Chicago Mayor Rahm Emanuel, a confidant and longtime adviser to President Barack Obama, said his former boss will give a “big, visionary” acceptance speech tomorrow at the Democratic National Convention.
Emanuel, who served as Obama’s chief of staff and also worked for President Bill Clinton, said at a Bloomberg News/Washington Post breakfast today that he expects a more political speech with “a little more edge” from Clinton when he speaks tonight in Charlotte, North Carolina.
Obama needs to tell the nation ‘this is where we’re going and this is how we’re going to get there” on how he would lead during a second term, the mayor said.
“I wouldn’t give a speech on the role of government,” he said later. “This is not a political science class.”
Emanuel, 52, suggested voters sometimes have a “hazy image” about the bipartisanship attributed to the Clinton administration, as the former chief of staff sought to reduce hard feelings about party bickering during Obama’s tenure.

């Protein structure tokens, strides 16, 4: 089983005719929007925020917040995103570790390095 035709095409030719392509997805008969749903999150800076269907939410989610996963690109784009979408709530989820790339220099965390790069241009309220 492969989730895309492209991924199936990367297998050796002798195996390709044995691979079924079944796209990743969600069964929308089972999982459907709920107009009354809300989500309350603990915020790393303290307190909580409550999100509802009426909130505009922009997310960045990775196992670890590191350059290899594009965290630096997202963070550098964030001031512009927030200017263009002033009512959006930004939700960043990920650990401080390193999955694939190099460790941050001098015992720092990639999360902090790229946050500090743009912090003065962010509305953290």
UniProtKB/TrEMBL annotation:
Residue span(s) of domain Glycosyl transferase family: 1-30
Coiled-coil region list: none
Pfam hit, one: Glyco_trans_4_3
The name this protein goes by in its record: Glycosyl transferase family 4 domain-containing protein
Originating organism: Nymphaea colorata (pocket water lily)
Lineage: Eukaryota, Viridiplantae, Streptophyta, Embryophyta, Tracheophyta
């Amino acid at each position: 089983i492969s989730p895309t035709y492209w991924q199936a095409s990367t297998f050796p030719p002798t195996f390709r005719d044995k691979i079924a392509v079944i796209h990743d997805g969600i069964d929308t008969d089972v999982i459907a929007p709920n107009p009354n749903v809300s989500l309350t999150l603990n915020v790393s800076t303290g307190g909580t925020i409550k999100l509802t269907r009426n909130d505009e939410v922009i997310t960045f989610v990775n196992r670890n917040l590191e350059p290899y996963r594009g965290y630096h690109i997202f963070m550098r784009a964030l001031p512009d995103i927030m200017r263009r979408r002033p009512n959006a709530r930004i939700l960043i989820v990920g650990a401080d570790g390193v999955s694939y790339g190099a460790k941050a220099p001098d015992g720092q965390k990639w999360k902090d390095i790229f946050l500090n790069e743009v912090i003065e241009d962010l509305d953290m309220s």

“I don’t remember that bipartisanship,” he said, as he listed 1990s fiscal disputes that led to a shutdown of the government and fights over education and the environment.
Emanuel declined to predict odds for an Obama victory over Republican presidential nominee Mitt Romney, as he highlighted the closeness of the race and the “consequential” importance of three presidential debates scheduled for October.
The debates will be especially influential for the undecided, said Emanuel.
“They are going to hold out to the very end to make a decision,” he said of a sliver of undecided voters who remain on the sidelines, typically less than 10 percent in polls.